Blogger Maria Trivisonno

Kristy, Mary-Anne, Claudia, Stacey and Dawn

It was a strange Fourth of July.  The big party I usually go to was pared down, and with my underlying conditions, I didn’t even attend the smaller gathering.  What should I do?

Luckily, I fall in the age-range that had something to do this Fourth of July weekend, after watching Hamilton, of course.  I’m in that little slice of “Xennials” that screamed very loudly for New Kids on the Block.  You know who you are!  And a few years before that, we were exactly the right age when Kristy Thomas had her great idea.

Re-Release Cover

That’s right.  I binge watched Netflix’s new re-imagining of The Baby-Sitters’ Club, and, as a childhood fan, I found it delightful.  I was “beyond” the Club when the earlier TV show had come out, but now, as an adult during a pandemic, nostalgia for a simpler time was just what I needed.

The first episode was exactly how I remembered the first book.  Granted, I haven’t read it recently, but the general gist was spot-on.  The show updated a few things, beyond a joke about having a landline.  The baby-sitters themselves are more diverse, with Mary-Anne being biracial (though she continues to be in braids at the start, as it should be!) and transplanted Californian Dawn cast as Latina.  Mary-Anne still finds her voice when she “saves the day,” calling the doctor when watching a sick child. But now, her “stand” involved demanding that the hospital staff call her transgender charge by the right pronouns.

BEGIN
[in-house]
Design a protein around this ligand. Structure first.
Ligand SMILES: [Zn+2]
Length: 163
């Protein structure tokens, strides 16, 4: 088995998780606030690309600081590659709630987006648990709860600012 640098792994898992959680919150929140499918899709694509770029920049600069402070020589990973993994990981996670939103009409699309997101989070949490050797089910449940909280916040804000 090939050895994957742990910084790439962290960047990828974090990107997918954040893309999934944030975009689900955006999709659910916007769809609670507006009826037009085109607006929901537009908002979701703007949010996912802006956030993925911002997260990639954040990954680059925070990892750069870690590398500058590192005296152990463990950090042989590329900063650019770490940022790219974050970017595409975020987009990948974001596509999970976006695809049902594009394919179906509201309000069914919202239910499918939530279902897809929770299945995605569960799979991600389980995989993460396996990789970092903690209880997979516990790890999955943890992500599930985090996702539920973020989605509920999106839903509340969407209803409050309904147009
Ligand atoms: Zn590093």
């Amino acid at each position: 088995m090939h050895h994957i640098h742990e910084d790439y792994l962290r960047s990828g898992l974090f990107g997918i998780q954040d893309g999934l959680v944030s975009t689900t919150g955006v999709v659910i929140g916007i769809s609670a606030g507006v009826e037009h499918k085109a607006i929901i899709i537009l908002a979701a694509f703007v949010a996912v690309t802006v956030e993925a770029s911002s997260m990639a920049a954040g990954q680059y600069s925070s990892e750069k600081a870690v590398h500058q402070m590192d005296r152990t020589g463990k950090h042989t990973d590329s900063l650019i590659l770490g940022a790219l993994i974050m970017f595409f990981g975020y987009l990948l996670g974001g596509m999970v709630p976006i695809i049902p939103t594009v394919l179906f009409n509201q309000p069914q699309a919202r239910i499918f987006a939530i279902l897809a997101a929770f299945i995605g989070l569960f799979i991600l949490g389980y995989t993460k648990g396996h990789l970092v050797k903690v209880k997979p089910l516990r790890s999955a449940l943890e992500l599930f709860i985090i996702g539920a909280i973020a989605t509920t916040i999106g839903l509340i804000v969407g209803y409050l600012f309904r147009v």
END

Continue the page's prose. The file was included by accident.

Minor changes aside, the personalities are spot-on, and by series’ end, Mallory and Jesse are already crowned junior baby-sitters.  I look forward to next season. 

To add to the fun, The Baby-Sitters’ Club paired up with ALA to create a video PSA to promote summer learning at the library.  You can watch here.

Soon after my binge, I learned that Nancy Springer’s Enola Holmes books are being adapted for Netflix as well.  While not a childhood read for me, I thoroughly enjoyed these titles and look forward to watching Stranger Things’ Millie Bobby Brown in the lead role (and yes, Henry Cavill as Sherlock).

This post addresses the core competencies of IV Knowledge, Curation, and Management of Materials.

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